A few days later, we decided to go to somewhere new. Not too far away is the Historic Dockyard at Chatham. On the banks of the River Medway, there has been a naval dockyard there since Tudor times (1540’s) – the yards were part of the assembly of the fleet that took on the Spanish Armada, later (mid 1700’s) built Admiral Nelson’s HMS Victory and then went on the build warships for the steam age and finally submarines for World War 2.
It’s only half and hour or so away and it was a beautiful day – perfect for exploring. There are lots of things to do there, including tours around a World War 2 Destroyer, Cold War submarine and a converted Victorian era steam warship. Perfect.First up – lunch – oh dear – I strongly suggest you take your own – I wasn’t that impressed and the kids pretty much turned their noses up – not the best start 😦 The staff bickering with each other was disappointing, but luckily, it really didn’t matter that much – we filled up on crisps and went to see what was on offer.
The first thing we did was book onto a tour round the submarine, HMS Ocelot – places are limited and it’s worth making sure you have a slot.
Next, we went onto HMS Cavalier – the WW2 Destroyer – it was awesome – it was pretty cramped – I can’t imagine serving on a ship like this – there’s no inch of space wasted. It’s also really surprisingly exposed – I can’t see it withstanding very big guns – the hull isn’t super thick – would have been very scary in a battle!
It was very cool! So many steep stairs up and down though – heaven knows how you’d do it in heavy seas. Well worth doing.
Next – HMS Ocelot – the Cold War submarine. The logs are still sealed under the official secrets act, so it’s no clear where this submarine sailed, but it’s likely that it spent considerable time in the Baltic, stalking the Russians.
Nothing can prepare you for how big submarines are on the outside vs how tiny they are on the inside!
I thought the Cavalier was small, this was nuts! There was no room for anything other than machinery and engines and a small galley. Living space was really whereever there was a small nook or cranny – even the captains cabin was no bigger than the average wardrobe and that was including his bed. Insane. Very very interesting. It was a walk through with not much commentary and it was all over a bit too quickly really – I would have loved a proper guided tour and some explanation about what things were.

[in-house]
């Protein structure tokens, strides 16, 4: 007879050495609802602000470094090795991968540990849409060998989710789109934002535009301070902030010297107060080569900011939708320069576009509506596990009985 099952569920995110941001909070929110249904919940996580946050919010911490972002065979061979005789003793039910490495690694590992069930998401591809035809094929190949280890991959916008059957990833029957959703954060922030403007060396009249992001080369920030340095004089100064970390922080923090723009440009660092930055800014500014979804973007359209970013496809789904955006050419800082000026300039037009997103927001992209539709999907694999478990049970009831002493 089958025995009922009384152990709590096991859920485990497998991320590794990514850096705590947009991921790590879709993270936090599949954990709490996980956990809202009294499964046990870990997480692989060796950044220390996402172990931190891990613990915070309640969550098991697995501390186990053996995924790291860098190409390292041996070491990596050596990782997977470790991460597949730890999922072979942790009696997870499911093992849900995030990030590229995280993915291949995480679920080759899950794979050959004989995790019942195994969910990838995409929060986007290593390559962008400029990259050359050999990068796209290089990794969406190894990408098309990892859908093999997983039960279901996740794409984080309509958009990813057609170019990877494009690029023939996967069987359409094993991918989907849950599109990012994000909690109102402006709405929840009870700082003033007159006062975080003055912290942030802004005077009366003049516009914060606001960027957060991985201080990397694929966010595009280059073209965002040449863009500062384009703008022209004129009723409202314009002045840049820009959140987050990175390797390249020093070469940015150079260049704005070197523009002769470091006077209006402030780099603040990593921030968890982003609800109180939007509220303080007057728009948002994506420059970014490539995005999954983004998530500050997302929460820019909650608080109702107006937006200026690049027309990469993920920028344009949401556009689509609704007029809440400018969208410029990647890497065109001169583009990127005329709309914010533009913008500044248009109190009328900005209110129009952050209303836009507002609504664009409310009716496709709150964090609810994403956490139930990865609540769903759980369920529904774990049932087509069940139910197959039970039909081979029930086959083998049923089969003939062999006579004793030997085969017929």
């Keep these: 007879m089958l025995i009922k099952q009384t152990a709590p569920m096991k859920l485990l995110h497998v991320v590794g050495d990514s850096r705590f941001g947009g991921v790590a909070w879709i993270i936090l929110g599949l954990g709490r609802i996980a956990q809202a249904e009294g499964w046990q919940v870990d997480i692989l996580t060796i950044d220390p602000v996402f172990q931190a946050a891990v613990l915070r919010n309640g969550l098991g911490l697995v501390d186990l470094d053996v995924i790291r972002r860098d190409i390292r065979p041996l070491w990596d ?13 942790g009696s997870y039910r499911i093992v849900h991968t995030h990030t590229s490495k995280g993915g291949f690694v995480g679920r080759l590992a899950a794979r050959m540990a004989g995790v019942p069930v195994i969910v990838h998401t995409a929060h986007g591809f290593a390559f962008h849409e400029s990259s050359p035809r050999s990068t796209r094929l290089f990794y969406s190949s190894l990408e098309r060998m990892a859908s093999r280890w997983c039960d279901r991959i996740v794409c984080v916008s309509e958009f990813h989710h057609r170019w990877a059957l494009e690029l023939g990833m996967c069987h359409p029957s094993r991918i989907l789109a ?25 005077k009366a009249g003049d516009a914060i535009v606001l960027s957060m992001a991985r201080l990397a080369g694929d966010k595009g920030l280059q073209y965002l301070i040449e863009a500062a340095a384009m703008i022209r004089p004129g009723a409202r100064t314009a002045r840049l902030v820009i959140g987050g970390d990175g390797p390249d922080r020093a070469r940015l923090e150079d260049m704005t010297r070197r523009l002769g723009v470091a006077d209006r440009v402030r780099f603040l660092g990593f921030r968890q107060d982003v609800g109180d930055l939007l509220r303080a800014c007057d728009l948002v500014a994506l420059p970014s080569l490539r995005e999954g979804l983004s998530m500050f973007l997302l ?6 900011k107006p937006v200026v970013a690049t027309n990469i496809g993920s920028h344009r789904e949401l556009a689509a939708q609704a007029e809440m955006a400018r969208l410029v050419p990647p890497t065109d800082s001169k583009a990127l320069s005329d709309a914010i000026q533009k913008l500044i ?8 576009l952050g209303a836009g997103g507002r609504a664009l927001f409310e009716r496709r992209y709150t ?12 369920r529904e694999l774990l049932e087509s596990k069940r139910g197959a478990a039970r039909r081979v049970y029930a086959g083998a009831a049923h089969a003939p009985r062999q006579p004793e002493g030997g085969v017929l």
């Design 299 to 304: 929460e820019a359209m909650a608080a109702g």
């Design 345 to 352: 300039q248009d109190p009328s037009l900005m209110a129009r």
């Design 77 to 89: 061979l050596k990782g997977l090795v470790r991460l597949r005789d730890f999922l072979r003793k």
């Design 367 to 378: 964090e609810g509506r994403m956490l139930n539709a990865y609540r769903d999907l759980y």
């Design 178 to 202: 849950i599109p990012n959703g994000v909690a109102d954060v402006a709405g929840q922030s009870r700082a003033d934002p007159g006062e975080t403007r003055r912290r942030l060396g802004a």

Giant steam hammers and iron plate bending rollers were on display around the site – very impressive – they were huuuuge! Imagine these all firing away to build the Ironclads of the navy of the Victorian industrial revolution
We toured around the Lifeboat exhibition, including an old machinery store and a giant wooden covered slipway.
There were lots of other interesting things to see too. We didn’t even get to explore the ropery (where they still make proper traditional long ropes for ships in the old Victorian factory) or quite a few other exhibits – maybe another time.
We went into one of the galleries – there was an exhibition of artwork, a load of beautiful model ships and some hands on pipe bending in the old forges that had been restored – just brilliant and even the kids were impressed. We walked out pretty much at closing time and really got our money’s worth.
Thank you Chatham Docks – 10/10 for an excellent day (but sort your food out!)